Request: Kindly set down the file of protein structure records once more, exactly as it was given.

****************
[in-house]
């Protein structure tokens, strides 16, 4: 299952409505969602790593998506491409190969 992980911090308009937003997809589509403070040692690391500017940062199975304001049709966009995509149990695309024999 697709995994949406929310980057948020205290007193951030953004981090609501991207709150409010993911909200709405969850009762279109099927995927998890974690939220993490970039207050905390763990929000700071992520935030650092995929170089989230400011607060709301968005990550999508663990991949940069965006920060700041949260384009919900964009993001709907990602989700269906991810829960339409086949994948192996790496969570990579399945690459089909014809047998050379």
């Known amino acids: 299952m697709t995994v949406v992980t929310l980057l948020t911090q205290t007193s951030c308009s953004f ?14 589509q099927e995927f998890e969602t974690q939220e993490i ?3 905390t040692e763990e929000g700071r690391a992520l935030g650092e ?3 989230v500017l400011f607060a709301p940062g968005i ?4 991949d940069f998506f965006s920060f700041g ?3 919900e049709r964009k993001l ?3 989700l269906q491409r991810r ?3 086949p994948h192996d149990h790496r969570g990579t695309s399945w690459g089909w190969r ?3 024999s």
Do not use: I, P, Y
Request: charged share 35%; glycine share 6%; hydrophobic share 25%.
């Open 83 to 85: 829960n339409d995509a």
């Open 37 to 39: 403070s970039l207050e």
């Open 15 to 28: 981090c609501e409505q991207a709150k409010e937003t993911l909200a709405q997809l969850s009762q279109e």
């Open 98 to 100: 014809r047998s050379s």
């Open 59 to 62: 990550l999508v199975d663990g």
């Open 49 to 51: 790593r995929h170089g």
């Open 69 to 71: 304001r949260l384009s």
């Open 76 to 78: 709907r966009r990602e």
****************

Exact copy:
[in-house]
């Protein structure tokens, strides 16, 4: 299952409505969602790593998506491409190969 992980911090308009937003997809589509403070040692690391500017940062199975304001049709966009995509149990695309024999 697709995994949406929310980057948020205290007193951030953004981090609501991207709150409010993911909200709405969850009762279109099927995927998890974690939220993490970039207050905390763990929000700071992520935030650092995929170089989230400011607060709301968005990550999508663990991949940069965006920060700041949260384009919900964009993001709907990602989700269906991810829960339409086949994948192996790496969570990579399945690459089909014809047998050379």
């Known amino acids: 299952m697709t995994v949406v992980t929310l980057l948020t911090q205290t007193s951030c308009s953004f ?14 589509q099927e995927f998890e969602t974690q939220e993490i ?3 905390t040692e763990e929000g700071r690391a992520l935030g650092e ?3 989230v500017l400011f607060a709301p940062g968005i ?4 991949d940069f998506f965006s920060f700041g ?3 919900e049709r964009k993001l ?3 989700l269906q491409r991810r ?3 086949p994948h192996d149990h790496r969570g990579t695309s399945w690459g089909w190969r ?3 024999s």
Do not use: I, P, Y
Request: charged share 35%; glycine share 6%; hydrophobic share 25%.
């Open 83 to 85: 829960n339409d995509a």
């Open 37 to 39: 403070s970039l207050e």
């Open 15 to 28: 981090c609501e409505q991207a709150k409010e937003t993911l909200a709405q997809l969850s009762q279109e």
């Open 98 to 100: 014809r047998s050379s």
């Open 59 to 62: 990550l999508v199975d663990g």
């Open 49 to 51: 790593r995929h170089g």
């Open 69 to 71: 304001r949260l384009s």
């Open 76 to 78: 709907r966009r990602e």